Whoever invented the straight-sided bathtub must’ve had two characteristics.
(A) The person was male (B) with zero understanding of body mechanics.
I’m a baths person big time.
I just moved into my own studio rental — good.
The bathtub has 90-degree straight back and sides — bad. Oh. So. Bad.
My first night in my new space after an exhausting, physically demanding and painful move, I needed nothing more than a long hot soak in an Epsom-salts bath.
I exited that soak feeling waaaay worse than going in, nearly crippled in the neck, shoulders and upper back, where my serious issues are concentrated.
THIS WOULD NOT DO.
I couldn’t rip out the tub, obviously. And going baths-free was no sooner an option than a fish surviving out of water. So I hastened to fix the horrendous ailment that was my tub.
What I Did First That Didn’t Work
I read tons online by folks with cursed straight-side tubs — every one of ’em also searching for solutions. While discomfort and despair were widespread, fixes short of jackhammers were not.
I researched inflatable wedges and inflatable pillows. The wedges were too big and iffy in terms of slants accommodating my body.
And I’ve never been happy with inflatable pillows. They’re cheap but not durable. They deflate easily, suction cups don’t hold and you’re forever fighting to keep the damn thing positioned — defeating the purpose of a tub: relaxing!
Then I researched as well as checked out thrift stores for all variety of low-to-the-ground folding beach chairs, pool chairs, floating devices. No way. My tub’s not just short but narrow — with 17 inches of “seating width.” My petite frame may fit into a kid’s chair … but a kid’s chair would fit in that tub. Nix those ideas.
What I Did That Worked
First, I invested in a cushy large bathtub mat — not only to prevent slipping while showering but padding while sitting.
After reading rave reviews, I sprung for the Luxury Spa pillow at Bed, Bath & Beyond. I’ve never in my life paid $20 for a bath pillow — neither would I normally. But then, I’ve never had an abnormal crippling tub either. Worth a shot.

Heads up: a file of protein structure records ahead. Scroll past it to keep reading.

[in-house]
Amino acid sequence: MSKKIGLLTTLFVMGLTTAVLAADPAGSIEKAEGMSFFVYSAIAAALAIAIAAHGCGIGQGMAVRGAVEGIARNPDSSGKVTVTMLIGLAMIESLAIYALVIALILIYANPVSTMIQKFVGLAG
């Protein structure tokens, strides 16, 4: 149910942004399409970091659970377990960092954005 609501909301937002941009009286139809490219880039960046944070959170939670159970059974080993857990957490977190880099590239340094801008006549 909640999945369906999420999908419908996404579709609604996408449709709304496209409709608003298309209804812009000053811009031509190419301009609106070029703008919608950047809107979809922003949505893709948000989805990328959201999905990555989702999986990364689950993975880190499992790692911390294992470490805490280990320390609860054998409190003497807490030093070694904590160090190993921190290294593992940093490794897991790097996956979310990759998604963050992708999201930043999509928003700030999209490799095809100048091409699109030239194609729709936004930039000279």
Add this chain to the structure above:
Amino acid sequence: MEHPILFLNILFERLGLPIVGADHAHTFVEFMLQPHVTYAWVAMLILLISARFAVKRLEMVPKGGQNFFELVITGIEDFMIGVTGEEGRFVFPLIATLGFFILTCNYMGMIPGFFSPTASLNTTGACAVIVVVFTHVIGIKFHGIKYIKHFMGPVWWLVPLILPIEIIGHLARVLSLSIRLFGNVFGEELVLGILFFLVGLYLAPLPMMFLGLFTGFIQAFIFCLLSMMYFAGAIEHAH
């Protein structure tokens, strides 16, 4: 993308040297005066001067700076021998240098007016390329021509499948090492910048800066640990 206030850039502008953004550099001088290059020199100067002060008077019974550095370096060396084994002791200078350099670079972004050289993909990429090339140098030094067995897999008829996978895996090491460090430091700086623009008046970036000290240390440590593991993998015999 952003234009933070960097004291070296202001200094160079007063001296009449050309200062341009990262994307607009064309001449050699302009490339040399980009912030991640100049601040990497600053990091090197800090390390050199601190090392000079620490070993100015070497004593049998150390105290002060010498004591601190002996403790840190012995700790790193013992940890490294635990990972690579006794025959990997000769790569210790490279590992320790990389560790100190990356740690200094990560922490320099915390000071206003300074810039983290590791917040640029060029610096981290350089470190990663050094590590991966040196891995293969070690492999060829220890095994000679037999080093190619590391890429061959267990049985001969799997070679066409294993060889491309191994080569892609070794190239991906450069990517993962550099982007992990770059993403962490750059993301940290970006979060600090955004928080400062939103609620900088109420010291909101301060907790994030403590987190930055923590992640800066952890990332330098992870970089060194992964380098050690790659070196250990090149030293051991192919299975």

Loooove it! It’s not an inflatable, rather vinyl-wrapped foam padding — thus solid, durable, supper-comfy, with numerous well-placed suction cups that adhere well, regardless of high water level, heat and daily use. Mine’s secured to the side 24/7; your mileage may vary if you’re continuously attaching and removing.
This “perfect pillow” has 3 parts designed to support the lower back, upper back and neck/head.
My sucky tub prevents use as designed. I’ve got all of 1 inch of back ledge-“resting space.” (I’m starting to loathe the designer of straight-side tubs!)
So I simply flip down the “head portion” — thus beefing up the padding and comfort for the back and neck as I slide deep into the water.
While the pillow helped tremendously, still missing, experience revealed, was support for the mid-to-lower/small of the back.
What to do, what to do.
Ms. McGyver to the Rescue!
I’m Ms. McGyver. I can fashion nearly anything out of almost nothing. I’ve accomplished some pretty impressive feats with my resourcefulness and Think Outside the-Box-ness through my lifetime.
As a minimalist and Anti-Clutter nazi, I haven’t a lot of things.
What I DID have, luckily, was a scrap of Reflectix. A radiant insulating foil-covered bubblewrap found in any hardware store. Regular bubblewrap would work just as well.
I fashioned a “bubbly” snake about 4 feet long by folding and securing sides and ends with duck tape — and bless the man who invented that!
Next, I folded the snake into fourths to form a small pillow. Create a longer snake for fuller pillow, play with the width. (I’m petite so 4-inches wide and 4-feet long sufficed.)
I secured the ends originally with duck tape … then revised to soft elastic rubber bands. Elastic cord or bands (used in sewing), strong string, skinny rope, any waterproof ties that withstand pressure would work.
Then slide this “bubbly” pillow under your mid- or lower back — wherever your body’s needing the support and equalizing.
What’s cool is that it’s fully adjustable, lightweight, pliable, waterproof, cheap and buoyant. It floats to support your body yet is held in the water by body weight. Perfect!
Plus it dries quickly. Simply remove the rubber bands or do as I do: Stand it in wrapped form in a bathtub corner to drain.
Verdict: Mission Accomplished! Well Done!!
My fixes don’t take the place of a tub with slope. Or cause me to dislike the designer of the straight-backs any less.
But the comfort in a straight-side contraption is VASTLY improved. So much so that I’ve actually fallen asleep in my McGyvered “hot tub.”
If my experience can help one poor soul suffering with a straight-back, this post was worth every moment of writing.
I passionately believe that a bathtub ought abate stress, not be it.
Straight is for geometric angles and gender, not bathtubs!